Post-Birth Control Syndrome Is Real: Here's How To Balance Your Hormones After The Pill

Doctor of Naturopathic Medicine By Jolene Brighten, N.D.
Doctor of Naturopathic Medicine
Dr. Jolene Brighten is a women’s health expert currently based in Portland, Oregon. She received her Doctorate of Naturopathic Medicine at the National University of Natural Medicine and is the best-selling author of Beyond the Pill.
Medical review by Wendie Trubow, M.D., MBA
Functional Medicine Gynecologist
Wendie Trubow is a functional medicine gynecologist with almost 10 years of training in the field. She received her M.D. from Tufts University.
Post-Birth Control Syndrome Is Real: Here's How To Balance Your Hormones After The Pill

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"I haven’t had my period in nearly three months, I’m snapping at my receptionist more often, and my acne hasn’t been this bad since I went to junior prom," my 34-year-old patient Jenna admitted during our first consultation a few months ago. "Just talking about it gives me a headache," she added, reaching for an Advil. As a doctor who helps women reverse autoimmune disease and balance their hormones, I frequently see frustrated patients like Jenna struggling with the miserable aftermath of going off birth control pills. And while a few do begin cycling regularly again and have minimal symptoms—most women aren’t so lucky.

Here's what you need to know about post-birth control syndrome.

Most women regulate hormonal imbalances with the pill, rather than actually solving the underlying issues. This causes the symptoms and issues to return when women come off of the pill. In my practice, I see women frequently suffer hormonal imbalances, menstrual irregularities, and symptoms like acne and mood swings because of this. If their periods return, they often become painful or heavy. We call this problem post-birth control syndrome (PBCS), and it typically occurs within four to six months after discontinuing the pill. Among its symptoms include:

  • Menstrual irregularities including loss of menstruation, heavy menstruation, painful periods, and short cycles (less than 24 days).
  • Hormonal changes like infertility, hypothyroidism, hair loss, breast tenderness, acne, and adrenal dysfunction.
  • Migraines and headaches.
  • Changes in body composition like breast size, weight gain, or difficulty losing weight.
  • Mood disorders including anxiety and depression.
  • Digestive symptoms including bowel changes, digestive upset, gas, or bloating.
  • Inflammation and other immune imbalances.
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You can restore hormone balance after the pill.

Because its symptoms are so diverse, treating PBCS doesn’t happen overnight and often requires addressing multiple factors including gut health, detoxifying, nutrients, and balancing hormones. If you suffer from PBCS, please find a functional practitioner who can address these and other underlying problems. For many patients, attempting everything at once or going it alone can feel like a herculean challenge. But don’t give up hope: You can restore hormonal balance and cultivate overall health. In my practice, I’ve found these five strategies help women who struggle with PBCS:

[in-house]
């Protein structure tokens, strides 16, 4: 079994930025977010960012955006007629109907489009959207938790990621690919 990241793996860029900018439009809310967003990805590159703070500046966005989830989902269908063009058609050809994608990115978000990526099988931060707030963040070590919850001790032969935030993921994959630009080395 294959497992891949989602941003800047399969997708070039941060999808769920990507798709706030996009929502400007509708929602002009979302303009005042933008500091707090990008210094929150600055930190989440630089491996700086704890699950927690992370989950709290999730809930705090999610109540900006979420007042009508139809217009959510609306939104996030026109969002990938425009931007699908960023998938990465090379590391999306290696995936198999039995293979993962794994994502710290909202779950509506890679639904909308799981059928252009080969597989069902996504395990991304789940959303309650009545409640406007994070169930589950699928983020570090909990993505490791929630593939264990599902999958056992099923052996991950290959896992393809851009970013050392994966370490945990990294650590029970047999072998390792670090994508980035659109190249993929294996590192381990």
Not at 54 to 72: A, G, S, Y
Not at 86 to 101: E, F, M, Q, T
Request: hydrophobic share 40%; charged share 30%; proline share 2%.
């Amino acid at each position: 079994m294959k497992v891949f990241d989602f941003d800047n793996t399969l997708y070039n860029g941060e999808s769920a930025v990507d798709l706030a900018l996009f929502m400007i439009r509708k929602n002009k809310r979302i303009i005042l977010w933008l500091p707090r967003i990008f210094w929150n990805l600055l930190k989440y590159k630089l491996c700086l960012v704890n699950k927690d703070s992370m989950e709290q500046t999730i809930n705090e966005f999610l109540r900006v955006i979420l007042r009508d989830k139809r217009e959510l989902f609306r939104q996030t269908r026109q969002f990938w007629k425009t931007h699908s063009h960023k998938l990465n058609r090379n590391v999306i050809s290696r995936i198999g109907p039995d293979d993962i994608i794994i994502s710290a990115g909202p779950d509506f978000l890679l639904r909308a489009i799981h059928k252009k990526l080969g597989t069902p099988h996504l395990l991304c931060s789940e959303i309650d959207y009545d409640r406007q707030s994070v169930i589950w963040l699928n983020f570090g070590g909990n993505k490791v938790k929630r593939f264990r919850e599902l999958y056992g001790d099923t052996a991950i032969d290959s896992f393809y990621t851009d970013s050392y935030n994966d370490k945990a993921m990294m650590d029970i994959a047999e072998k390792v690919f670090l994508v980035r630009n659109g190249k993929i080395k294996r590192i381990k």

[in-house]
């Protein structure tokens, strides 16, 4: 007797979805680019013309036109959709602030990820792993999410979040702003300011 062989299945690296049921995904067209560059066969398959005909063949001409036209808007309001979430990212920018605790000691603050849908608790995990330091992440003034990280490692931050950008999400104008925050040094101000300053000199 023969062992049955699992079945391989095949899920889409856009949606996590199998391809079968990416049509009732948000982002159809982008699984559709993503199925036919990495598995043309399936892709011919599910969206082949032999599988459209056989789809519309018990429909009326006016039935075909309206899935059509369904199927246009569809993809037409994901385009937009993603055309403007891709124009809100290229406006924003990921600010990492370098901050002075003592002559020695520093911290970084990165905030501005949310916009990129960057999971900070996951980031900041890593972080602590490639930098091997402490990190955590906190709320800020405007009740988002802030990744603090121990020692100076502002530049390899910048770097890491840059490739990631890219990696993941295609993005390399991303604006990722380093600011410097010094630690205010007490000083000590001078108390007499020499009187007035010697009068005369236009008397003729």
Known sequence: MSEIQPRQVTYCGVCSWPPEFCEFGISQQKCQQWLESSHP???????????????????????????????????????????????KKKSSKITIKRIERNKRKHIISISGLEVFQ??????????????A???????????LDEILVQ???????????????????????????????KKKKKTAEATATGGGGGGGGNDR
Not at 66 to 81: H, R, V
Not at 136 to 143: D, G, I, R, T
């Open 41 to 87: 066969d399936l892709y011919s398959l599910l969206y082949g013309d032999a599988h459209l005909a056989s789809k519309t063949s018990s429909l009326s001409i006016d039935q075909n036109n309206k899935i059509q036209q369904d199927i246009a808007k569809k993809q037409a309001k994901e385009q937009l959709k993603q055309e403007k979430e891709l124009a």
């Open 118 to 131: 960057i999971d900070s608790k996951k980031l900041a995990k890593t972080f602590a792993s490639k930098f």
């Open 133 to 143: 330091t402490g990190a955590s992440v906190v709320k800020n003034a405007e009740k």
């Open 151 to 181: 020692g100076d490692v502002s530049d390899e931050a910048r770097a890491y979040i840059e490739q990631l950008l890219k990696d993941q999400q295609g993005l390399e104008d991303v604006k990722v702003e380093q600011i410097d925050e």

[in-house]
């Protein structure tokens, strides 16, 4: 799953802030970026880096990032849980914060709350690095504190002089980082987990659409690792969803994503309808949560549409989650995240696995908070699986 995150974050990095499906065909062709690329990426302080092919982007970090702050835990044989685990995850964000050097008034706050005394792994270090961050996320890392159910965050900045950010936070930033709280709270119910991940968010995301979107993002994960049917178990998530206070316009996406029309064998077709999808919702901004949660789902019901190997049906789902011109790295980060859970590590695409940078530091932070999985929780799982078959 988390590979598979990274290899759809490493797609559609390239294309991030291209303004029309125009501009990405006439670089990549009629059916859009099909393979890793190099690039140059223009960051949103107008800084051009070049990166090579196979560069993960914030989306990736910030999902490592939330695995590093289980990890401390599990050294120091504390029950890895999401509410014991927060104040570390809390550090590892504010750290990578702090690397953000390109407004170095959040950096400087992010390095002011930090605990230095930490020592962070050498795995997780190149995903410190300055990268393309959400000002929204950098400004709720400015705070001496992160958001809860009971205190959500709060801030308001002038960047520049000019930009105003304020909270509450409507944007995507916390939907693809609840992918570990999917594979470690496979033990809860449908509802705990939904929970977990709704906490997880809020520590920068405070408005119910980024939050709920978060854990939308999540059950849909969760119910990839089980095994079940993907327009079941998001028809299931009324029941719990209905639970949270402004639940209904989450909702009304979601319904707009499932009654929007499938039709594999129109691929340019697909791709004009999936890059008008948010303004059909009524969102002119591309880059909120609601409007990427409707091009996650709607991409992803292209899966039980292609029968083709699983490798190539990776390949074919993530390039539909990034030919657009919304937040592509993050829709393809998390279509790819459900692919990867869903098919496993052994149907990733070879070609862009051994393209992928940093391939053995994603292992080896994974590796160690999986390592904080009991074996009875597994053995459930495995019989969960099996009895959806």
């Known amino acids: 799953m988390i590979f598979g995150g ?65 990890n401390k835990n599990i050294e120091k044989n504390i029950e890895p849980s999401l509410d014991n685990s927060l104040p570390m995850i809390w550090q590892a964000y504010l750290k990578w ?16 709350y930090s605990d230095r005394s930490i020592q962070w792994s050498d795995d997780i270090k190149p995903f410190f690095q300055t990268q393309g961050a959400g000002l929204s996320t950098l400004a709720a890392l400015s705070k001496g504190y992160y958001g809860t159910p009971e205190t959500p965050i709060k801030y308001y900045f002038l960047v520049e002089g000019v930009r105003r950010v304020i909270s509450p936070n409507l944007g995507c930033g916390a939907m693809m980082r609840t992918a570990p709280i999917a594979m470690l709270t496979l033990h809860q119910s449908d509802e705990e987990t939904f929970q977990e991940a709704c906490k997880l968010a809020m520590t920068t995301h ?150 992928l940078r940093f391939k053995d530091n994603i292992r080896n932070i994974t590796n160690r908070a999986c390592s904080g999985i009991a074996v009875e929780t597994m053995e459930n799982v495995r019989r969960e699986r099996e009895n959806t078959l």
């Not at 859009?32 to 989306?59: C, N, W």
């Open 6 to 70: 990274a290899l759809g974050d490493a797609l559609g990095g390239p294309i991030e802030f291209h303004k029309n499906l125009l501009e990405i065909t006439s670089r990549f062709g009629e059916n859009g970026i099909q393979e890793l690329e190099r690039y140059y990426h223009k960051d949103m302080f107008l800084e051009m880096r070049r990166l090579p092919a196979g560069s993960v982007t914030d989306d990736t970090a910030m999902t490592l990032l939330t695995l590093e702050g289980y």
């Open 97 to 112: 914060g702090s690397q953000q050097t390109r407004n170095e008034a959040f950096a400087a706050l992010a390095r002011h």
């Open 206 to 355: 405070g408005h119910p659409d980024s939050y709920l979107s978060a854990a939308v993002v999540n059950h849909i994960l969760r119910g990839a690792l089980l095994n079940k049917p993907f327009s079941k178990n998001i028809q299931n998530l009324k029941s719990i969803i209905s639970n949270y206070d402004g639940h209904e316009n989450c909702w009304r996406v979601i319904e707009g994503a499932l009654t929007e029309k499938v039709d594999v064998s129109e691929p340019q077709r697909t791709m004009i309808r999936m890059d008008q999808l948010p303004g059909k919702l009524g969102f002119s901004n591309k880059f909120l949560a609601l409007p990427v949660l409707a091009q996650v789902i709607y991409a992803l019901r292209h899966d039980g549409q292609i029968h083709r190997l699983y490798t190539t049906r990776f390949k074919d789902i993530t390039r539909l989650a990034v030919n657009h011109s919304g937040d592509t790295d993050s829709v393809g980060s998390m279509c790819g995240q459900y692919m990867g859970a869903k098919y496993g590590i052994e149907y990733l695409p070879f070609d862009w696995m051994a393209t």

1. Leverage your labs.

Among the tests I use to evaluate hormones include comprehensive thyroid testing (TSH, Free T4, Free T3, Reverse T3, Anti-TPO, and Anti-Thyroglobulin), sex hormones, as well as adrenal testing. A functional practitioner can implement these and other tests to restore hormonal balance.

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2. Love your liver.

Because of the burden those synthetic hormones created, your liver needs some major post-pill TLC. Along with liver-supporting foods like beets, burdock root, dandelion root tea, garlic, and cruciferous vegetables, I had Jenna do a 21-day detox with professional-grade supplements.

3. Realign your gut.

Once your liver packages those synthetic hormones, your gut moves them out. Or it should, anyway. Like many former pill users, Jenna’s gut was inflamed, triggering leaky gut and disrupting her microbiome. Among the foods that helped restore her gut balance were fermented foods like kombucha and sauerkraut plus fiber-rich foods like flaxseeds. Altogether we needed about three months to heal Jenna’s leaky gut, restore microbiome balance, and clear any underlying infections.

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4. Restart your hormones.

Like Jenna, many patients experience menstrual-cycle changes and other hormonal irregularities once they discontinue the pill. Like exes who no longer speak, the pill shut downs the conversation between your ovaries and your brain. To re-establish that connection, we implemented a high-quality multivitamin plus nutrient-dense foods including quality fats like coconut oil and avocado to build healthy hormones.

5. Dial down stress.

Mood swings and other symptoms spiked Jenna’s already-through-the-roof stress levels. Among its many miseries, chronic stress directly affects your body’s ability to make sex hormones, exacerbates symptoms like headaches, and depletes nutrients like vitamin B6. I help patients look for ways to find bliss and dial down stress. For Jenna, that included deep breathing, going for a walk during lunch, and yin yoga.

If you do decide to come off of the pill, here are a few ways you can ease away from it.

Ready to learn how to fight inflammation and address autoimmune disease through the power of food? Join our 5-Day Inflammation Video Summit with mindbodygreen’s top doctors.

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